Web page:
Residents of Columbia, S.C., were greeted this week with a new billboard advertising a dating website for married people, which featured an image of former South Carolina governor and admitted philanderer Mark Sanford.
The ad, spread across two stacked billboards, reads, "Next time use… AshleyMadison.com to find your 'running mate,'" made its debut Tuesday morning. Emblazoned in the ad is an image of Sanford, who is attempting to revive his political career with a bid for South Carolina's vacant 1st Congressional District seat. A special election is set for May 7.
Ashley Madison CEO Noel Biderman told ABCNews.com that the controversial ad, created by him and his internal team, is meant as social commentary. He sees his campaign as a way to show that those who cheat on their spouses should not be made into pariahs.
"We are trying to get people to distinguish between capability, and what goes on in bedroom," Biderman said. "There are few voices speaking on behalf of those who are unfaithful. Once we found out [Sanford] was back in business, that's the story we want to attach ourselves to. We believe careers shouldn't be lost because you choose not to sustain monogamy."
Sanford made headlines in 2009 when it was revealed that instead of hiking the Appalachian Trail, as he had told staffers, he was in Buenos Aires with a woman who was not his wife. He later became engaged to her, after divorcing his wife, Jenny, and paid the largest ethics fine ever in South Carolina, $70,000.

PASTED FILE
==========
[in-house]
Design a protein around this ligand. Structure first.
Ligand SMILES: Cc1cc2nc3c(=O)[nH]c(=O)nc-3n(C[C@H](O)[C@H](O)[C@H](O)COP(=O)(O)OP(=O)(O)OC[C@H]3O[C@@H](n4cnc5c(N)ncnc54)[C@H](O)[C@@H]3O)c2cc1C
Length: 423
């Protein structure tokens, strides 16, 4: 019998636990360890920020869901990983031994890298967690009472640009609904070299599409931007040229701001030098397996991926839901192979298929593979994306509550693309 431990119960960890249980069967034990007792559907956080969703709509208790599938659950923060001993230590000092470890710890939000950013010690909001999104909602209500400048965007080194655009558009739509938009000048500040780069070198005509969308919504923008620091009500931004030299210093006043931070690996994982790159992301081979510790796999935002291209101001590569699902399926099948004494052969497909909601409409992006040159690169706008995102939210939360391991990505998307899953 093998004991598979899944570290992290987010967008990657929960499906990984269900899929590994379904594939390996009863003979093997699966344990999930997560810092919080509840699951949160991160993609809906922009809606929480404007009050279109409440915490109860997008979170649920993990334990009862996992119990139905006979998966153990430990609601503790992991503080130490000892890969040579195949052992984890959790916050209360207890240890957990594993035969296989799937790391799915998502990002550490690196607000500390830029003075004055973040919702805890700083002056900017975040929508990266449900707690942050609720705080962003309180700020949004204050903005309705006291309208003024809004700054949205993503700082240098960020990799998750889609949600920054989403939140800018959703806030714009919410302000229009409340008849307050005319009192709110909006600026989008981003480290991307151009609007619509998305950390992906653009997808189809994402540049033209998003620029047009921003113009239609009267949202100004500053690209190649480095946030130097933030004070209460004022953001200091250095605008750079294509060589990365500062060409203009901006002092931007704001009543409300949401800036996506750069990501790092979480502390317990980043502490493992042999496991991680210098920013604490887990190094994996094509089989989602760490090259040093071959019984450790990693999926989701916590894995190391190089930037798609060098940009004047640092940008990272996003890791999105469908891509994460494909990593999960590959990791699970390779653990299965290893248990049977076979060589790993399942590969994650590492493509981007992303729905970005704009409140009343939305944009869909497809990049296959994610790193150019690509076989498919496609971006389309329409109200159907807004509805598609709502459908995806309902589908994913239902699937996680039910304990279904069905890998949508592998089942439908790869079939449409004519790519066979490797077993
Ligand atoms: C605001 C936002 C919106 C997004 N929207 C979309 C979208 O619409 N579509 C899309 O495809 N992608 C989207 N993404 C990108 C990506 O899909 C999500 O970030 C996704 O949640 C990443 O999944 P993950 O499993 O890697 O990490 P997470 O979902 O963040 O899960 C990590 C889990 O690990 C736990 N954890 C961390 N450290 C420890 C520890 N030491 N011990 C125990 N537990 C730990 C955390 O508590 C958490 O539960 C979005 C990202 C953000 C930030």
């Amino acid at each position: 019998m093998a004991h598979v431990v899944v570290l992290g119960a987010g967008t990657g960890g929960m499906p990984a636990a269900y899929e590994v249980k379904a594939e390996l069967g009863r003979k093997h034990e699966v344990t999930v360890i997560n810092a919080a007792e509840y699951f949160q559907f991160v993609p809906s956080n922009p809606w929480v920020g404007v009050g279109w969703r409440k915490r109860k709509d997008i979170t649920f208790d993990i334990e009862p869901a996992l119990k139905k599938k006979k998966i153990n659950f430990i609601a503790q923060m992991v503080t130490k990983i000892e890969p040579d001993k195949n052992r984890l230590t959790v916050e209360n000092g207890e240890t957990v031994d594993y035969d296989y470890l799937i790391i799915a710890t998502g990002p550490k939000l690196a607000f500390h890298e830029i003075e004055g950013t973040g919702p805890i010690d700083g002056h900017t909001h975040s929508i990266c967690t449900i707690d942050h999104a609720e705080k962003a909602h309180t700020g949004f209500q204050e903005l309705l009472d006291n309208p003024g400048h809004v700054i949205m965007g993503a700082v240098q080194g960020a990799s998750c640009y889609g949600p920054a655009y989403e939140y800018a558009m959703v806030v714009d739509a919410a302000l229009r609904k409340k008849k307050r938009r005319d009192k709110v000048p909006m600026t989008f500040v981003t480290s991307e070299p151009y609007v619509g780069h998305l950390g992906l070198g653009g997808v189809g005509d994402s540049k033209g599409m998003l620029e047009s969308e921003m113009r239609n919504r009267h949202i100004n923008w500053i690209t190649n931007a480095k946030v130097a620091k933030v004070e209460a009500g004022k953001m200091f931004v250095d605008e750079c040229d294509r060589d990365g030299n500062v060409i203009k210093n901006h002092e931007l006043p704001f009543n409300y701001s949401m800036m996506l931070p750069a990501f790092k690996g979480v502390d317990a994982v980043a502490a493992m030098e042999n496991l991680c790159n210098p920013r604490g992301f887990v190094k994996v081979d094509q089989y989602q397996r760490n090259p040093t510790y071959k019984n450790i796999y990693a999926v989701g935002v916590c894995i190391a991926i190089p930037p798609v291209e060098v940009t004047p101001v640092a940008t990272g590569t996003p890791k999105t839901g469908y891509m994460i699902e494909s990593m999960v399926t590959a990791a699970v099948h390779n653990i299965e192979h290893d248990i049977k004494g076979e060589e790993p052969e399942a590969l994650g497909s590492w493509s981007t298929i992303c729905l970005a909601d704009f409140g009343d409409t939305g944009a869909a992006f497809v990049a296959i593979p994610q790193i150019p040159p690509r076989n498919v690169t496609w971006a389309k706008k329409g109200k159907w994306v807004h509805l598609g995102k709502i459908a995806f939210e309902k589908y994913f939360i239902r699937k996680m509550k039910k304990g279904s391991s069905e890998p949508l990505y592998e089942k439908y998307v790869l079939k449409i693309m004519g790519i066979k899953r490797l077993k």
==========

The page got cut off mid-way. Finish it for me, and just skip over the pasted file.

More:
Sanford's office did not immediately respond to ABCNews.com's request for comment on the ad.
Sanford's is not the first story of infidelity that Ashley Madison has attached itself to. In the past the company, which was created in Canada in 2002 and came to the U.S. in 2007, has winked at potential customers by hinting at the affairs of former President Bill Clinton, former Speaker of the House Newt Gingrich, and London Mayor Boris Johnson. Biderman sees the campaigns as successful.
"We thought this would be digested and talked about locally," he said. "But you see new membership that you didn't expect … sometimes we will be cemented further in the folklore of political unfaithfulness -- though the tail effect may not be there the next day."
For Biderman, part of the strategy of political ads is a means to further his brand as "the Kleenex of cheating." This effort at creating a household name out of his company hit a snag in 2009 when NBC banned an Ashley Madison ad from appearing during the Super Bowl. But Biderman was undeterred.
"If the NFL rejects an ad, we still find a way," he said. "American society is not there yet. Despite the fact that we stopped painting people with scarlet letters a long time ago. My role is to keep pushing this forward, so it becomes digestible."
As for Sanford's bid for a comeback, Biderman is rooting for him.
"I want him to win very badly. If I could find a way to help him accomplish that … It would be a testament for people to evaluate people on their skill set," he said. "If you took the unfaithful out of the equation, we would have very unsuccessful society."